"150% 2/3rds Funeral Leave Pay". As far as I know, this pay code is still in play at a large corporation. It is apparently the intersection of two pay polices. One that says you get 2/3rds of your pay if you need to take leave to attend a funeral and another policy that pays time and a half if you are scheduled to work a schedule not your normal schedule. Yes, even if you were actually on leave. Apparently it was still in use...Why? Because everybody knew that if you had to go to a funeral you changed your schedule with a buddy and you got your full pay (actually 99.9 % of it) and he or she got time and half. On account of the funeral... Well, I suppose if it was your buddy's funeral and he failed to show up for your scheduled time he would only make 99.9% of his normal pay too. Which isn't half bad when you are 100% dead or not actually working.
You can tell a lot about a company from their pay codes and rules. More so than their pay policies in fact. I've said for many years that pay policies don't put dollars in people's hands; timecards and lines of code do. And in many companies there is still a lot of interpretive dancing going on when various time card situations appear and a human operator makes a judgment call as to how to code it for payroll. In a 100% code driven system the same timecard scenario should result in the same pay coding, dollars and credit towards or against benefits. This is usually verified, at least at the inception of the system, with test scripts. You can tell a lot about a company by their test scripts...or lack of them.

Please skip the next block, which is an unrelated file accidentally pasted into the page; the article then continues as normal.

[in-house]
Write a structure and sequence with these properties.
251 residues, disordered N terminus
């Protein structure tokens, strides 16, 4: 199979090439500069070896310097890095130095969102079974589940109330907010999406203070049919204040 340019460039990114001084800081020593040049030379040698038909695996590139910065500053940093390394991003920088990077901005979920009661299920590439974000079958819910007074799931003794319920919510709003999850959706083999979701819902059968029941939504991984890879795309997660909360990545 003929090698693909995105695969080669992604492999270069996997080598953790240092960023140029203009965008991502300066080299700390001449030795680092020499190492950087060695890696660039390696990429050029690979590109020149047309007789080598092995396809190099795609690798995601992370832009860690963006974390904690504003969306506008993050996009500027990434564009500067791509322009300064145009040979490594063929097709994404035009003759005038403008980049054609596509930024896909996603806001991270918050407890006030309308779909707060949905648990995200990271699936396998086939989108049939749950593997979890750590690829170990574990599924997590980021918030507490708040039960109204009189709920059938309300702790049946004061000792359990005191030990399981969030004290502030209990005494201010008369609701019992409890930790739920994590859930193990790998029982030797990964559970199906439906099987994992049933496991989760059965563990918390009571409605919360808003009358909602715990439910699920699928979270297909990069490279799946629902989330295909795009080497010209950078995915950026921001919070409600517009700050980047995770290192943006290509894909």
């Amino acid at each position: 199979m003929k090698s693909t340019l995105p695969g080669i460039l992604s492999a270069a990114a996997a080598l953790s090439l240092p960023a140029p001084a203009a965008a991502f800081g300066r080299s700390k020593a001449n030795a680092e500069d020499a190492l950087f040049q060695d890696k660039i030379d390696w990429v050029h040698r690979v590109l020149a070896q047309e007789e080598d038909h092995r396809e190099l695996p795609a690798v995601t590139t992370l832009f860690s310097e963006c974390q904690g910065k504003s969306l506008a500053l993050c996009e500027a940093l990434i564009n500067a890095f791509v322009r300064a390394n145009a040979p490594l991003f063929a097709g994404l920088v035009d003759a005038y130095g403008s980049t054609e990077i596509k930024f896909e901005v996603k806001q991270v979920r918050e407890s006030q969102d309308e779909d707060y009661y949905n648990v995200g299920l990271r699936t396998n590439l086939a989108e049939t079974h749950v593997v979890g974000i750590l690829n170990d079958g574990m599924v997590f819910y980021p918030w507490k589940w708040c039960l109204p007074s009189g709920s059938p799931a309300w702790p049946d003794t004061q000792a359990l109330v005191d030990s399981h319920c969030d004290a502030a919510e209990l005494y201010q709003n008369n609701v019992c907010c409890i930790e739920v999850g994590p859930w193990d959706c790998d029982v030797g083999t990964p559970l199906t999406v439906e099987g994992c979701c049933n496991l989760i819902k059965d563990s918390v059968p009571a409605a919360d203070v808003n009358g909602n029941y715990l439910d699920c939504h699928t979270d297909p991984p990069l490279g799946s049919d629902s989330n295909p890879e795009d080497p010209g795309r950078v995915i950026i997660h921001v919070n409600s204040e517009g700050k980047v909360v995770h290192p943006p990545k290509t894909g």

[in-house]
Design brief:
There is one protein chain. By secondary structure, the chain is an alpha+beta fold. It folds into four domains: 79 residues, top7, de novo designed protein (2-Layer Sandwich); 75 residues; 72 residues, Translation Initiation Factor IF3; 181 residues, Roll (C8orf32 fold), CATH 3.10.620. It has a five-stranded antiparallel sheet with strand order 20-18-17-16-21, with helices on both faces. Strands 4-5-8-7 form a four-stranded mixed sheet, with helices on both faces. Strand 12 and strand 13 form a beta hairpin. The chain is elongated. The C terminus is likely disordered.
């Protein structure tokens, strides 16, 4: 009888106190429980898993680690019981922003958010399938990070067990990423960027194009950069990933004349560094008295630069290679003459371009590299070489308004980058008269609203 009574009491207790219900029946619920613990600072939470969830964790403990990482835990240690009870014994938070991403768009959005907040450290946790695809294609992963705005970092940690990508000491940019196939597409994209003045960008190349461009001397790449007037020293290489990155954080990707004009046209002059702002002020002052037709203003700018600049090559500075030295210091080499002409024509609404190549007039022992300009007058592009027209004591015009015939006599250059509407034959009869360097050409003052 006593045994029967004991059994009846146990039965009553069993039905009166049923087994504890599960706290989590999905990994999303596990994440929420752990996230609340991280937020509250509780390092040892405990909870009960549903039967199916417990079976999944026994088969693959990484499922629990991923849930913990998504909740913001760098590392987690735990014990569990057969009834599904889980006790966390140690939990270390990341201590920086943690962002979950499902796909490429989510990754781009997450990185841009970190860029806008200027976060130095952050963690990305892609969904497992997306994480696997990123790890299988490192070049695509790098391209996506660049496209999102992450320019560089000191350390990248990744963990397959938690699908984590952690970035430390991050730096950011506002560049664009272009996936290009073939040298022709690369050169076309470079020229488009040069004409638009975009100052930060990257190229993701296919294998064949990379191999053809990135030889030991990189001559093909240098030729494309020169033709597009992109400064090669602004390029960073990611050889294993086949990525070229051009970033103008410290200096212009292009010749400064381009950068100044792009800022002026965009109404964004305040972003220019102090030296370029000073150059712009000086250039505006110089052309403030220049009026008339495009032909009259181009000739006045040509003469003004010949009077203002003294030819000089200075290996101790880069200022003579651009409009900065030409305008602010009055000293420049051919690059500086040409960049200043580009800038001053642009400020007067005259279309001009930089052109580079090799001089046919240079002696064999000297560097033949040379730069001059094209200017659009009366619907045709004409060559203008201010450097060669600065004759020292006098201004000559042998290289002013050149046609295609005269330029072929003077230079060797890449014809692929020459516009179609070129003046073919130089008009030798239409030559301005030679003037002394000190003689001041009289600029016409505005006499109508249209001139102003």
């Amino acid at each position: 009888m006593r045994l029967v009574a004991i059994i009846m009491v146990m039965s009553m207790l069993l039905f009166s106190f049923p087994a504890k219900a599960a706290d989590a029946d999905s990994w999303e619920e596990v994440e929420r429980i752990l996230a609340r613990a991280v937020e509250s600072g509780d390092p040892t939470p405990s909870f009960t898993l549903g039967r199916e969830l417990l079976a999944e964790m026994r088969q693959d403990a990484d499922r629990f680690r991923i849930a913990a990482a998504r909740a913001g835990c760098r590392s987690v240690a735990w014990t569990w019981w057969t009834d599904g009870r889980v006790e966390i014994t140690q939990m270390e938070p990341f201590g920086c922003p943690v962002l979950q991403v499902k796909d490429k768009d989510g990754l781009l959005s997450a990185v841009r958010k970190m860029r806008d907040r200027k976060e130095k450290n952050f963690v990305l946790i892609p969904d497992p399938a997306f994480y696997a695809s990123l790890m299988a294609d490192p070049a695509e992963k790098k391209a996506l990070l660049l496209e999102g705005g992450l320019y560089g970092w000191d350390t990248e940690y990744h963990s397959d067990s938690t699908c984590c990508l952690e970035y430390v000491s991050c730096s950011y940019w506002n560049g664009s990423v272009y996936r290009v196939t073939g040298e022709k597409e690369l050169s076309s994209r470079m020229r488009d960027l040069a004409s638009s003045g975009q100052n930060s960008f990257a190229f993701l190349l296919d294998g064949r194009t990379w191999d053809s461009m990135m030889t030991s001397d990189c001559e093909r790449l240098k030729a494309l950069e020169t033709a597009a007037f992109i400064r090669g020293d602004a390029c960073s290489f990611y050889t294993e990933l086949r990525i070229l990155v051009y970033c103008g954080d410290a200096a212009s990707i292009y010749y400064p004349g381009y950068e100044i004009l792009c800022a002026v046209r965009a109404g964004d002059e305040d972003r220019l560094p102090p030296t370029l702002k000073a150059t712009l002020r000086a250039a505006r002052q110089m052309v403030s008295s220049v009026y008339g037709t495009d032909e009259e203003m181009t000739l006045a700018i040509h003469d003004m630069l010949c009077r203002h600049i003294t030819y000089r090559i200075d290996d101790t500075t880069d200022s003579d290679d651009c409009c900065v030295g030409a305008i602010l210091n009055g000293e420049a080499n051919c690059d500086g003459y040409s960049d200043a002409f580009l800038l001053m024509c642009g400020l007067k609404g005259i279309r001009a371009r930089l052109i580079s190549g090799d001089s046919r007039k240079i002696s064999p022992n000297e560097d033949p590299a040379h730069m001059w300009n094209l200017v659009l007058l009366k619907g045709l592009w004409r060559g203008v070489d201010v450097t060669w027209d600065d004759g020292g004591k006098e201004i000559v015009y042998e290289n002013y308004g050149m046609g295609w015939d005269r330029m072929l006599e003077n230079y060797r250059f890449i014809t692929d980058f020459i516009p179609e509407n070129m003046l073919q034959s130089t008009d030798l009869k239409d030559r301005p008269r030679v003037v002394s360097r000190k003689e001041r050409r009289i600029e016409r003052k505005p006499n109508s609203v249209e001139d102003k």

A comprehensive test plan made up of individual test scripts puts the company's money where their pay policy mouth is. Once you get beyond the easy stuff like simple overtime you need to dig into all the intersections and combinations of policies that A) Could happen and B) Could be coded or punched. Leave and exotic paid time off benefits are often the most challenging to simulate as well as develop airtight code based rules solutions for. I have found in the world of Kronos Timekeeper, however, that companies that maintain current test scripts (and have a Kronos test system to work in) tend to have the most streamlined and functionally capable automated pay and scheduling rules. The ones that don't keep such real-world testing in mind seem to have lower expectations for their payroll system and are much more tolerant of having to make manual adjustments on a regular basis.
A good test script is generally narrow in scope as to the scenario it is testing. The sum of the entire test scripts assembled into a comprehensive test plan, however, is a statement on the overall effectiveness of the timekeeping and pay system. In many states, once you start paying or benefiting an employee at a more favorable level THAT is their new compensation deal. Even if it was the result of an unintended confluence of pay rules executing pay polices that seemed good and fair individually. I can't prove it but what do you think came first in the funeral leave example above-someone creating the pay code ahead of time to accommodate a pay policy they wanted to execute, or after the fact to track something that was actually happening and now would continue?
If you have interesting pay codes and/or an interesting confluence of pay rules please send them to me... I promise to keep your name and company confidential although I'm sure the people benefiting from them already know!